Thursday, December 01, 2005

Washington in Lucid Dreamland

Dreams “are chief nourishers in life's feast,” according to Shakespeare's age-old claim by Macbeath. Indeed, while dreams offer a private means to explore inner reality and to gain unique, undeniable, personal experiences, psychologists also recognize that there is overwhelming evidence that dreams can be used to improve waking life, often immeasurably as storehouses of creativity.

Many people often remember no dreams at all, and even when they do, it is almost exclusively upon awakening. But scientists are now exploring now what they term as “lucid dreams.” In that condition, one realizes that he or she is dreaming while the dream is still happening. The dreamer becomes aware that the world being experienced, although appearing very believable is actually a dream and that his or her physical body is elsewhere safe asleep in bed. With this new understanding, the lucid dreamer is free to explore remarkable worlds limited only by imagination. The increased clarity lucid state often enables the dreamer to return awake laden with creative insights.

Examples of dream-inspired works are the Beatles' well-known hit "Yesterday" and Robert Louis Stevenson's “The Strange Case of Dr. Jekyll.” Golfer Jack Nicklaus claims to have solved a problem with his golf swing within a dream, which subsequently improved his game by ten strokes. And now we can even study the way lucid dreams provide U.S. leaders, officials and lawmakers with rich sources of creativity to help them formulate policy towards China and on Iraq.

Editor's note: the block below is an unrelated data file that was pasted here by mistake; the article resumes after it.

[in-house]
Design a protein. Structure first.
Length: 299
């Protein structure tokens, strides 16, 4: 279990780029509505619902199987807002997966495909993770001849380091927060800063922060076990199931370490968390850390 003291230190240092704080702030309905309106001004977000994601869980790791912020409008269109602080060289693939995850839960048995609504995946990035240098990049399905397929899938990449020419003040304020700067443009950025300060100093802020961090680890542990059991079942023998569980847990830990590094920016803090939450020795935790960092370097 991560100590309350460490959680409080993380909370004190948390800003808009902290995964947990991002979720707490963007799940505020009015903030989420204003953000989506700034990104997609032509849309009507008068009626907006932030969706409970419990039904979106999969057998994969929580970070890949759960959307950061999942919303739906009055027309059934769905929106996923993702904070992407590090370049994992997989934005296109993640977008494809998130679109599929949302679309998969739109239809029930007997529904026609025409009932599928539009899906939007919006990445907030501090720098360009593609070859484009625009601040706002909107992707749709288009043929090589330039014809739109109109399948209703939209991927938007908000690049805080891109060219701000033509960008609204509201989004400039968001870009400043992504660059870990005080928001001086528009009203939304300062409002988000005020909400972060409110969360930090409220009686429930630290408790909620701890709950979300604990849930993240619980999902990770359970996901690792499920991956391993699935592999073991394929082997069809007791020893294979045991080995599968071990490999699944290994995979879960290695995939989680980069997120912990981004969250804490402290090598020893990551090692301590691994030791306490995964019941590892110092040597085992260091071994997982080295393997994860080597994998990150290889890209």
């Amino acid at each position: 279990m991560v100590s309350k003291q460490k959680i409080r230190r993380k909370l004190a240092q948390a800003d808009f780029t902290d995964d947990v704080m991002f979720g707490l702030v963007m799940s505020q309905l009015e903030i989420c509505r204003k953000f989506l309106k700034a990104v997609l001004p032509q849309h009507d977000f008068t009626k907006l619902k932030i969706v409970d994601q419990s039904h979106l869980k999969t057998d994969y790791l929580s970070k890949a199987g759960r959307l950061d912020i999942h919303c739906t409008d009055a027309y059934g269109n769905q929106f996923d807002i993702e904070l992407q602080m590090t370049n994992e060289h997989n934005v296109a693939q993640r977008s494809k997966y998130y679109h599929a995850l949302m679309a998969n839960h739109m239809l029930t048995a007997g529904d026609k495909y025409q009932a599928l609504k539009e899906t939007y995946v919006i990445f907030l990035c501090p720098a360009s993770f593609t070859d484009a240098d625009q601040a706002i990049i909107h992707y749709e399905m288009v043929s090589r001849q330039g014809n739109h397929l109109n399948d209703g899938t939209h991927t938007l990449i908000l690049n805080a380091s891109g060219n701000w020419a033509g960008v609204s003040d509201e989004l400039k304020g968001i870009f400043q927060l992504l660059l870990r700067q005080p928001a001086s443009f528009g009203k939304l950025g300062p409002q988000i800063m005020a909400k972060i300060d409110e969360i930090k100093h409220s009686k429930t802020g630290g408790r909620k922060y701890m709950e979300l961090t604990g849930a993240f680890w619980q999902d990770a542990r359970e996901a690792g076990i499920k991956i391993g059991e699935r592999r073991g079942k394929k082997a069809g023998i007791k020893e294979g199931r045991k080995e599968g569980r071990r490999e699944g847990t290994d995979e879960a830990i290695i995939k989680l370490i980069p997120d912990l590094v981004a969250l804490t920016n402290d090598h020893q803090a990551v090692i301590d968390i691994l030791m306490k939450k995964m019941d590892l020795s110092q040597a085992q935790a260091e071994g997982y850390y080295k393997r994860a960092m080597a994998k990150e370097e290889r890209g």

Hence two leading U.S. lawmakers, Senator Charles E. Schumer, Democrat of New York, and Senator Lindsey Graham, Republican of South Carolina, have been exploring their lucid dream -- the United States threatens to impose tariffs of 27.5 percent on Chinese imports if Beijing doesn’t allow the yuan to float more freely -- as a basis for a bill they co-sponsored and which was backed by 67 other Senators.

Last week, the Bush Administration, resisting pressures from the China Bashers refused to brand China as currency manipulator. Instead, in a report that is issued by the Treasury Department every six months on the currency policies of the nation's trading partners, the U.S. only expressed disappointment that trading in the yuan is “highly constricted.” Schumer and Lindsey are angry and are now threatening to demand a vote on their bill, a move that could ignite a major trade war between China and the United States.

In their lucid dream, Schumer, Lindsey and other China Bashers on Capitol Hill not only expect the Beijing to surrender to American pressure. They also predict that China's trade surplus with the United States has continued to balloon in 2005 and is expected to approach a record US $200 billion would vanish into thin air if and when the Chinese agree to float their currency.